Money-Saving Grocery Shopping Tips



Regardless of your family size or marital status, buying groceries is one of the constants for which every person has to budget. Getting a good deal on groceries can make a huge difference in how much flexible income you have each month, and with the cost of living increasing every year, those deals can add up to a lot of savings, leaving extra room in your monthly budget. And if you’re living paycheck to paycheck, you can definitely benefit from hunting for the best bargains around.


Many people have their preferred grocery stores, whether it’s because of convenience factors (for example, the store’s location), preferred brands, prices, even customer service. If you’re interested in saving even more money every month at the grocery store, here are a few ideas that can help:


  • Find the store where you get the best deals and stick to it.  When it comes to getting a good deal on groceries, you should focus on more than just what items cost. You always get what you pay for, but that doesn’t mean you have to break the bank, either. It’s important to find products that are higher quality – if you’re buying cheap produce or meat, you run the risk of it not being fresh or having it go bad quicker than expected. When you’re shopping, focus on both price and quality.


  • Look into stores that offer loyalty clubs.  Most grocery stores have “clubs” you can join for free that can give you deals on everyday items, send you coupons in the mail or via email, and let you rack up points that can save you money on bigger shopping trips. Some stores, such as Safeway, even offer deals on fuel at select gas stations when you use your club card.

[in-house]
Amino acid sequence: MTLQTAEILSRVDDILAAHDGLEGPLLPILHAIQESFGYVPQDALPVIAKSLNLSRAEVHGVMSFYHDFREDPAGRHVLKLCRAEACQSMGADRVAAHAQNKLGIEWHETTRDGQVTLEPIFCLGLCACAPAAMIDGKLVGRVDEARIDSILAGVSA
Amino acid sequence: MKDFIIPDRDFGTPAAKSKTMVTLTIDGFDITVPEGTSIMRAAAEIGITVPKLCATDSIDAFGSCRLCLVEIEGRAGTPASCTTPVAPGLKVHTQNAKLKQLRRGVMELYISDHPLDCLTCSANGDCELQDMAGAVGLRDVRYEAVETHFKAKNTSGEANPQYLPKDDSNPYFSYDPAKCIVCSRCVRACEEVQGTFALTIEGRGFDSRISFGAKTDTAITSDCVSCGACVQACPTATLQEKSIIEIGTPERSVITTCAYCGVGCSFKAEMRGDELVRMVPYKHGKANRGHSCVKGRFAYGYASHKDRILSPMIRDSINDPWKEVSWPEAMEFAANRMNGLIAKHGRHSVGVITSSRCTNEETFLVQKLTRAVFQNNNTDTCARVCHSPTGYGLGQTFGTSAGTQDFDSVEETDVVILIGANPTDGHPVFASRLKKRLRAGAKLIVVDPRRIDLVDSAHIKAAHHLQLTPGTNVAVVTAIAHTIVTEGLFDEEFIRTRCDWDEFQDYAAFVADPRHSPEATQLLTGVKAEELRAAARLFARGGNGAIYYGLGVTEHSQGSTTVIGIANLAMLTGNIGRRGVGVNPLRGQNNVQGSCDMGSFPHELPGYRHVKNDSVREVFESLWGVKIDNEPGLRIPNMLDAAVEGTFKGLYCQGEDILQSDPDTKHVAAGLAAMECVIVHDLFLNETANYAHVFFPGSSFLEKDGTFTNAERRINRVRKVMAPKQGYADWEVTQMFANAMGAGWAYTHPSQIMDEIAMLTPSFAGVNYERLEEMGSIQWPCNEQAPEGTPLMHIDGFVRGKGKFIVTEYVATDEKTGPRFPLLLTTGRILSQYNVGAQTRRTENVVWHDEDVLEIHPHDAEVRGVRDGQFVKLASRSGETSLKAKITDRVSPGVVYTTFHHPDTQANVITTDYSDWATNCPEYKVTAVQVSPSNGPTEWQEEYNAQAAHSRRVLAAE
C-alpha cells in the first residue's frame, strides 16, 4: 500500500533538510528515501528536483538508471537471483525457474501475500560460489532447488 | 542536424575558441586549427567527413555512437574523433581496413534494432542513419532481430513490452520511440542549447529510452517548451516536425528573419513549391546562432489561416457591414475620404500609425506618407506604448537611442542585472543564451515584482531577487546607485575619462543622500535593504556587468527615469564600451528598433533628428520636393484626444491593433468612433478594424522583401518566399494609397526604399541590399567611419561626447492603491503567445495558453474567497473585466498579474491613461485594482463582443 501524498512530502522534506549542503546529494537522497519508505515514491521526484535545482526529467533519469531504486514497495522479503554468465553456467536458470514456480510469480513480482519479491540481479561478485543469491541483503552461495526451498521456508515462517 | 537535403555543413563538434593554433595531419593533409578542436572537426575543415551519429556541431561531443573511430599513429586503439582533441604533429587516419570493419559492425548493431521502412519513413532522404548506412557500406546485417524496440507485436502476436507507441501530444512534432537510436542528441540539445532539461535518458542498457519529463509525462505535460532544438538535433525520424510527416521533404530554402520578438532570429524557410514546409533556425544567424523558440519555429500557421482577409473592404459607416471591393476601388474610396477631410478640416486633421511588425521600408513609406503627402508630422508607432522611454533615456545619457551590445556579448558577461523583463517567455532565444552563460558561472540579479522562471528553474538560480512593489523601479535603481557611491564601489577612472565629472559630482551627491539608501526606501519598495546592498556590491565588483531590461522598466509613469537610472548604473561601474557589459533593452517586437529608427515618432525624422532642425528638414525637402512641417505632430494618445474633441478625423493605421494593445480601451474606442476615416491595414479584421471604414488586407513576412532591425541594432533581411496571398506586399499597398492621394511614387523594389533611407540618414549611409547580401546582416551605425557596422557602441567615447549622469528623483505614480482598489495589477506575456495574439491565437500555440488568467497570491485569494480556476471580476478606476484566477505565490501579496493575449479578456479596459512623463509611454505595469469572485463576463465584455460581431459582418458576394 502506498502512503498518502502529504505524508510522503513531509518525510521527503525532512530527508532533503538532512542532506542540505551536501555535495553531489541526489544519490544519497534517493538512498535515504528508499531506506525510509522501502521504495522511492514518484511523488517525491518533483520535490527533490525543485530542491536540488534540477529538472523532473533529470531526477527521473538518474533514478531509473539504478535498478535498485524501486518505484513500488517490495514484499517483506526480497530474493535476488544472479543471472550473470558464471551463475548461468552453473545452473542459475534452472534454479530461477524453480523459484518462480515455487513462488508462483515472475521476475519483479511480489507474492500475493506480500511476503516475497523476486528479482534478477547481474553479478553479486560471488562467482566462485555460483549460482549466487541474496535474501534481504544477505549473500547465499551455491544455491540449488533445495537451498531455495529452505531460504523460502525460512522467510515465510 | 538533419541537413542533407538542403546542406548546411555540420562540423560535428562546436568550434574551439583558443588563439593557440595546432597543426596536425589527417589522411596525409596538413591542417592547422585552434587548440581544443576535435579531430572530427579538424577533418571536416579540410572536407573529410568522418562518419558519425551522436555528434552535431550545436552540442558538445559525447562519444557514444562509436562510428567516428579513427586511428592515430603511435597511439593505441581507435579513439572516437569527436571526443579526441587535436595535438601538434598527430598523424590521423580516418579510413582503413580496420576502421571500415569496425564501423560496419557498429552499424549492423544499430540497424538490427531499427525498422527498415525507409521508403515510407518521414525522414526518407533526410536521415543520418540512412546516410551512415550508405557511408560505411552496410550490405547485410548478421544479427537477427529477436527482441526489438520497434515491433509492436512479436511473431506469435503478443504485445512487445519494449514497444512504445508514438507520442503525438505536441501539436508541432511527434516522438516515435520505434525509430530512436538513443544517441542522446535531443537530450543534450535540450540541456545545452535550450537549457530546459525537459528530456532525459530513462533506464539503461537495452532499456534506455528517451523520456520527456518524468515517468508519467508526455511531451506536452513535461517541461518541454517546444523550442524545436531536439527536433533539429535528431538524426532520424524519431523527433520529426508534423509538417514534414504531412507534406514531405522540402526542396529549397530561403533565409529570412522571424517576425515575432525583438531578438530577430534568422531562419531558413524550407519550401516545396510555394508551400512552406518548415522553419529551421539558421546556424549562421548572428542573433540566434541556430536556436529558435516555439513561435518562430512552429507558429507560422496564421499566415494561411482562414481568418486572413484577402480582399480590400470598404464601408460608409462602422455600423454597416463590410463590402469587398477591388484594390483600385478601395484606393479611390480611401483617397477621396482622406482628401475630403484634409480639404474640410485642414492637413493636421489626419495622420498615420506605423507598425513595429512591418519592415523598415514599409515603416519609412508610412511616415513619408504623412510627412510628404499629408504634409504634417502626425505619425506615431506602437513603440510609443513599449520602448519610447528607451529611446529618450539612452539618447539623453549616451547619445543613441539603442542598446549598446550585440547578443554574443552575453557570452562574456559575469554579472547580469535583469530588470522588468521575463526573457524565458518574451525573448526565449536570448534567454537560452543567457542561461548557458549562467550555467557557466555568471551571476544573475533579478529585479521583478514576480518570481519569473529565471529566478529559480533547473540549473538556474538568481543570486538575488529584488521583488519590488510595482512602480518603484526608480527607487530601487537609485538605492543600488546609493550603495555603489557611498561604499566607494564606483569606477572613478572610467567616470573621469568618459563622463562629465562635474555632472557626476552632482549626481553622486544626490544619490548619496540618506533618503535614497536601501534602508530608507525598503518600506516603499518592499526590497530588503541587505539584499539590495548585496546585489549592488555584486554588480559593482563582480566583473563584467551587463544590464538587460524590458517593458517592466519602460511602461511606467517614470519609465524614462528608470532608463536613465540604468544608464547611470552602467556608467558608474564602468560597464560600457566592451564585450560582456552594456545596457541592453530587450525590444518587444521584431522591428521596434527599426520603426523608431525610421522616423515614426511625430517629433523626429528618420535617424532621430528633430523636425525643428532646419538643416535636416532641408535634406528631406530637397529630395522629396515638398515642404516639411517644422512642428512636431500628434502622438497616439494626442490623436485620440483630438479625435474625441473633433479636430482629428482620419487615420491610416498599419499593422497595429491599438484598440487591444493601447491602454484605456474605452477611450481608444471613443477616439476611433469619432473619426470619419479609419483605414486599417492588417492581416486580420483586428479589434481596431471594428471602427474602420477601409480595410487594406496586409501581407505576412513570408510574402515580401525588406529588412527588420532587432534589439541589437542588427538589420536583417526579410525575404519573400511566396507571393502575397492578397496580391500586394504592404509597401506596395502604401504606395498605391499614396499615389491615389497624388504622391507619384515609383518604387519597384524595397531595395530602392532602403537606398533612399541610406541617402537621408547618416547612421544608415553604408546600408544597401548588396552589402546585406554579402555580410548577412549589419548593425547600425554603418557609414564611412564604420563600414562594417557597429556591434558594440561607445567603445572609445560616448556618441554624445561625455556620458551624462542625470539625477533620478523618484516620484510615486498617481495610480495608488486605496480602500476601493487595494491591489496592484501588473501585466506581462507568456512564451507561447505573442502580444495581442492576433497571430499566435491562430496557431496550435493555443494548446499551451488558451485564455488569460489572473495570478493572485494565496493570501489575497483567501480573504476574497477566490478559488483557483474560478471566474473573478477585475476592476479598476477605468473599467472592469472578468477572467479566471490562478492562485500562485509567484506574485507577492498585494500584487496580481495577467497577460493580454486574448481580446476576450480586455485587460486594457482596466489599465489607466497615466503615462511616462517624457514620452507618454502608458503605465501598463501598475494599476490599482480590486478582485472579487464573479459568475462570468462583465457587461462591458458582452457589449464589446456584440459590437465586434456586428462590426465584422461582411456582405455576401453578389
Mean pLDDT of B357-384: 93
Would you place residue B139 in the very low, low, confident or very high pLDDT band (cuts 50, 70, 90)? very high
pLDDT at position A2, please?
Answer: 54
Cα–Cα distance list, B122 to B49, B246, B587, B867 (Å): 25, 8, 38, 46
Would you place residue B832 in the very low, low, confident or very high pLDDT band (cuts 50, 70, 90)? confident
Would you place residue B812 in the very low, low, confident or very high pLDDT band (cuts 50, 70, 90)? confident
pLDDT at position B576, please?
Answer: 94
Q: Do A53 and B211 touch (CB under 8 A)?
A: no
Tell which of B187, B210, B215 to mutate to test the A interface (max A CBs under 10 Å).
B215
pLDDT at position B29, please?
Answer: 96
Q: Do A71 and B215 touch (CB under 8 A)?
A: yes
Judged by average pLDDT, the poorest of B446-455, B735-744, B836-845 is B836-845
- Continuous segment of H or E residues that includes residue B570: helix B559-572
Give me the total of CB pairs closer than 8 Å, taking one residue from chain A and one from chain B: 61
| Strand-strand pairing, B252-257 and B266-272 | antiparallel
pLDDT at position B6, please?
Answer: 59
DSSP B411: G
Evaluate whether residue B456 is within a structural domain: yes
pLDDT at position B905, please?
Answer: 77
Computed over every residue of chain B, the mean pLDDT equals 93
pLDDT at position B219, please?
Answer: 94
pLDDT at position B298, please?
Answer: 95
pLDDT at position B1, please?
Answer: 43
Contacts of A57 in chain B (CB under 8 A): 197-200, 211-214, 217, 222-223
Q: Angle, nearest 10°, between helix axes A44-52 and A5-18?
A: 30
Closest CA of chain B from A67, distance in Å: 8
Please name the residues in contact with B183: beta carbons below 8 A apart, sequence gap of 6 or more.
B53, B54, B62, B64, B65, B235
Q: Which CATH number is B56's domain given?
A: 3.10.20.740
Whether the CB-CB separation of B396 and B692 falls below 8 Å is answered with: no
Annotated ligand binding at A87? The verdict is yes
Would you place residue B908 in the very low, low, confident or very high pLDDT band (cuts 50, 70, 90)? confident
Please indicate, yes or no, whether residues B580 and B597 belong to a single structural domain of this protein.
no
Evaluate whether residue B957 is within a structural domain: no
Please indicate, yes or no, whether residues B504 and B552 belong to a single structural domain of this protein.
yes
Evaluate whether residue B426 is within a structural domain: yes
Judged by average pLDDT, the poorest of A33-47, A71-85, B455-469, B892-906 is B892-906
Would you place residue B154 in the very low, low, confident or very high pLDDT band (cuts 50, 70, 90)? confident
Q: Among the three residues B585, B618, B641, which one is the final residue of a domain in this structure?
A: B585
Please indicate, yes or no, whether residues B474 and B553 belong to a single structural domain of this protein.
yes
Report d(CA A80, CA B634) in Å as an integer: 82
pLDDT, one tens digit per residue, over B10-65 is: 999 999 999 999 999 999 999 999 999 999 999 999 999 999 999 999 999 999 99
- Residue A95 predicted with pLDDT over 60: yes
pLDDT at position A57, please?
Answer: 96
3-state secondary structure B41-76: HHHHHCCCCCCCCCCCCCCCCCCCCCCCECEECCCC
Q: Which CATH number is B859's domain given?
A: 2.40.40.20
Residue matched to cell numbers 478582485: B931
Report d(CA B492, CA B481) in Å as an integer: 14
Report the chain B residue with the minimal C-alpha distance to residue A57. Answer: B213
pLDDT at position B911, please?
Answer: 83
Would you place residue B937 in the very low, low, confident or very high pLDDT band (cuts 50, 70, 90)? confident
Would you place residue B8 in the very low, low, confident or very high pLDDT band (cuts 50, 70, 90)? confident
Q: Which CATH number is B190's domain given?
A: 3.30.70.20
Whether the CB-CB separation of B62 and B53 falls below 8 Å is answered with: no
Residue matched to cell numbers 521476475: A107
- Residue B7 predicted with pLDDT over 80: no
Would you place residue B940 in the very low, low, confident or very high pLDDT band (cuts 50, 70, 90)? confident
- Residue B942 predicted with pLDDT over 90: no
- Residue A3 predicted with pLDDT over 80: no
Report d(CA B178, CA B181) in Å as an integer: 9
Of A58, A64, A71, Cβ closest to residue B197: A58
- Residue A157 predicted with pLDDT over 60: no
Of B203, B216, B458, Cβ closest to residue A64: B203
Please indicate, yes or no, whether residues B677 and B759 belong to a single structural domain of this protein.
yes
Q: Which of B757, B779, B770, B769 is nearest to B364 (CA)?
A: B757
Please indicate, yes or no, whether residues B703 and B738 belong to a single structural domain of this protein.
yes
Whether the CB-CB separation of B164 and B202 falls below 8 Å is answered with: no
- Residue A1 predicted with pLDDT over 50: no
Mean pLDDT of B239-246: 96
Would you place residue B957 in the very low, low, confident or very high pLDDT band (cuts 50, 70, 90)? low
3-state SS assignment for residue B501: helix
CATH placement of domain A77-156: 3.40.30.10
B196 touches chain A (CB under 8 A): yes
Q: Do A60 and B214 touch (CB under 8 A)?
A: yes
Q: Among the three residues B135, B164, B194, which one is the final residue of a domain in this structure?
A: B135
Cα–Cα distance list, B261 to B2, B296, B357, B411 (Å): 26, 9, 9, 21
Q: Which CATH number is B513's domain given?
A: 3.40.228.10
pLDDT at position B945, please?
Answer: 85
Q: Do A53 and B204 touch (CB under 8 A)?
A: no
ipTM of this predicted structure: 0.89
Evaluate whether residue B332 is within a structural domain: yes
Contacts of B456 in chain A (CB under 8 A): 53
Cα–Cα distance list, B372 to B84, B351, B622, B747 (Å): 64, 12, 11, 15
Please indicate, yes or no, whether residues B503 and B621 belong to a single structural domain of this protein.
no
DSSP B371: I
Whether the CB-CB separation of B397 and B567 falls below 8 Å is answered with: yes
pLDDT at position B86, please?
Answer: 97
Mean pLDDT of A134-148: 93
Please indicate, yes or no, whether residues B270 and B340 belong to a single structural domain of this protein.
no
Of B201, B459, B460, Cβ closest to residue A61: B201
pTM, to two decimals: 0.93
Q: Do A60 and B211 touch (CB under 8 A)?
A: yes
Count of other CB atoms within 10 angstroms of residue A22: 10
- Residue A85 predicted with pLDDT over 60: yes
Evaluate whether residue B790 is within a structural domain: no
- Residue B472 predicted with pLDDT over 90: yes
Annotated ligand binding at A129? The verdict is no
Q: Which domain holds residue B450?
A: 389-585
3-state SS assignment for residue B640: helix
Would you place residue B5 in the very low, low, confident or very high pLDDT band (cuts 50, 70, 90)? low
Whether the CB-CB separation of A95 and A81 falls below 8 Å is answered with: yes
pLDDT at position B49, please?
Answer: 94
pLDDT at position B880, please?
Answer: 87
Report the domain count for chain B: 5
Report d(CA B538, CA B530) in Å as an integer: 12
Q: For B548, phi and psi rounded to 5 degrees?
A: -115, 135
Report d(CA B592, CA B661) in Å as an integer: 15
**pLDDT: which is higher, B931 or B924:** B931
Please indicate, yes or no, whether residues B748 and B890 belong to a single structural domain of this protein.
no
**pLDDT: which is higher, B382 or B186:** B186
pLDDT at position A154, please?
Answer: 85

• Make a meal plan ahead of time – and shop for sales based on your plan.  If you receive mailers listing the current deals at your local grocery stores, you might find it easy to plan your week’s meals around what’s on sale. One way to start is to check out proteins, as you can base an entire meal around meat, fish, or even vegetarian options like beans or tofu. From there, check out deals on produce and dry goods to round out each day’s meal.


  • Use your coupons strategically.  If you receive coupons, don’t necessarily use them on items you don’t need, even if it seems like an amazing deal. Save the coupons for items you know you’ll need, or items you shop for on a regular basis; some grocery stores even send you coupons based on your purchase history (especially if you have a free “club” membership). It’s also a good idea to keep a book or mini file folder to save your coupons, so you don’t have to scramble at the checkout register.